IP spoofing. This technique exploits the fact that cyber-crimes are lower in certain areas of the country, such as the Midwest, as compared to other areas in the U.S. and some points overseas, such as Eastern Europe and Western Africa. As the name suggests, Internet protocol spoofing makes the IP address of the criminal’s computer appear as if it is located in a lower-risk area. Sophisticated hackers do this by routing their traffic through botnets (i.e., networks of computers that, unbeknown to their users, forward transmissions, such as spam, viruses and malware, to other computers linked to the Internet). Merchants should watch for orders from safe geographies that request products to be shipped to unsafe destinations, particularly overseas.
Reshipping. Because many merchants are already wary of shipping abroad, or to higher-risk areas in the U.S., thieves have employed reshipping to circumvent these concerns. In a reshipping scheme, thieves first use some form of deception-such as an e-mail or letter to individuals offering a romantic entanglement or a way to “make lots of money by working at home”-to line up unwitting middlemen and women. They then use their dupes to receive shipments of goods stolen from online merchants and reship them to the final destination, whether in the U.S. or overseas.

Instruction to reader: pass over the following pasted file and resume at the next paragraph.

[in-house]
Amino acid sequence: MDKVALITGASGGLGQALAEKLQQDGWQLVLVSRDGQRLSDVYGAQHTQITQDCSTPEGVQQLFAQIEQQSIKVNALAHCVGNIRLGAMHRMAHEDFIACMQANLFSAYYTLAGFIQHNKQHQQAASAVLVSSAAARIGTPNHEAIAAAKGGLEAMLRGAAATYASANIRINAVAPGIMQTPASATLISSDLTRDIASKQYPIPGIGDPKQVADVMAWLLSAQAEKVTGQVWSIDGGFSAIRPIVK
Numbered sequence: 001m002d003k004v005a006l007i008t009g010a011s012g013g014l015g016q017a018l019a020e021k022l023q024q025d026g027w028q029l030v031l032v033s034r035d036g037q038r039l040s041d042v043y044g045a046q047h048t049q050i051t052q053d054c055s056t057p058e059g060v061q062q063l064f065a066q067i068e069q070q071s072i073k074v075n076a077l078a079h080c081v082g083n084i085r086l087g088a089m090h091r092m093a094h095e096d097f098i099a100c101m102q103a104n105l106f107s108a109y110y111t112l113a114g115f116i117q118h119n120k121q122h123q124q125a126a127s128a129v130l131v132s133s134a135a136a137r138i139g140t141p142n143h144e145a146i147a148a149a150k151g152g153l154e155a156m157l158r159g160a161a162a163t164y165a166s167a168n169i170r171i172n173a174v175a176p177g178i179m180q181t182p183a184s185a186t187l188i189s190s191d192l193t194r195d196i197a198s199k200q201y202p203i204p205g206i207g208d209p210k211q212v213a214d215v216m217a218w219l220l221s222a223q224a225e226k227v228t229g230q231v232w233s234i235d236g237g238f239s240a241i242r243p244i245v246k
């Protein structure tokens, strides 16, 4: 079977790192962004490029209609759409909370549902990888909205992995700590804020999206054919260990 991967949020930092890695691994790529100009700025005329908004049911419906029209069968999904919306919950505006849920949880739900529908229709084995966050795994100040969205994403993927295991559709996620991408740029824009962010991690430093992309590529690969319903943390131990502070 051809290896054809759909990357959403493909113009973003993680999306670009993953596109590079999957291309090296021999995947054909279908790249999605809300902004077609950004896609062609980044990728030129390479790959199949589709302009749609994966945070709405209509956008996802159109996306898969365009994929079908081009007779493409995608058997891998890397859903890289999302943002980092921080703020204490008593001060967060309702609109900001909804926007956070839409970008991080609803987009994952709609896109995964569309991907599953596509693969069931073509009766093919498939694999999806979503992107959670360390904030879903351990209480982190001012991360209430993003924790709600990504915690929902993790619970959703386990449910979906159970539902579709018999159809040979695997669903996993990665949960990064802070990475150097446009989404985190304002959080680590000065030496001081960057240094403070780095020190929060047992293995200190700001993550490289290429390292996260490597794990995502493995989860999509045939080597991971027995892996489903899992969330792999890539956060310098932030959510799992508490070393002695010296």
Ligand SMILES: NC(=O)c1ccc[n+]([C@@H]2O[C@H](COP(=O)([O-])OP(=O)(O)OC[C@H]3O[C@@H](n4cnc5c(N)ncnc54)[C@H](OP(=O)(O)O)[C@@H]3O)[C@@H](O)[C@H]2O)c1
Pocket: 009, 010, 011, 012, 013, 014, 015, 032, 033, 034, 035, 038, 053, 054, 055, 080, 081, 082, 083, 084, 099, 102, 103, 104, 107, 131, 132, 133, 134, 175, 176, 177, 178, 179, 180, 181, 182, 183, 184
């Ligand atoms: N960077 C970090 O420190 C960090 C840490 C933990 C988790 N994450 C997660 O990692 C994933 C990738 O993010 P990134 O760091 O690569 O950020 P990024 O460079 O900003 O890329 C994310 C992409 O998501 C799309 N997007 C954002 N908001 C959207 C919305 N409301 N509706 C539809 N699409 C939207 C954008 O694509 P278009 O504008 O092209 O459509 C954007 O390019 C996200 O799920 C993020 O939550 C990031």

Fighting fraud, holistically
While there is no silver bullet that provides complete fraud protection, online merchants can minimize exposure to these losses by adopting a more holistic approach to the fight against fraud, one that combines basic measures with more advanced tools.
Merchants can minimize their exposure to online fraud by:
Asking for the card identification number. One of the most effective and easiest ways to defend against online fraud is requiring customers to enter the card identification number, which, depending on the card issuer, is typically in the signature panel or on the front of the card. This requirement ensures that the customer is in possession of the actual card, as opposed to having stolen the number from a paper receipt or off the Internet, or generating the number through hacker methods. At the same time, merchants can help prevent criminals from stealing card identification numbers by not saving them. The only place the number should permanently reside is on the card itself.
Deploying speed bumps. Internet merchants can reduce testing of sequenced account numbers by limiting the number of failed authorization attempts for a single order. This natural speed bump will prevent the criminal from testing one card number after another, often with automated scripts, while allowing for honest data-entry mistakes by legitimate customers.
Evaluating other identifying information. In addition to collecting the card identification number, merchants should collect other key identifying information such as the cardholder’s telephone number and billing address. For maximum protection, e-retailers, particularly those selling high-ticket, high-demand items like large-screen, high-definition TVs, should ship merchandise only to that bill-to address. This could seriously limit sales for some retailers, so each merchant should assess its business situation to determine whether additional steps to verify a customer’s identity-including seeking direct confirmation from the cardholder-are warranted, depending on the price of the item, where it’s being shipped, etc.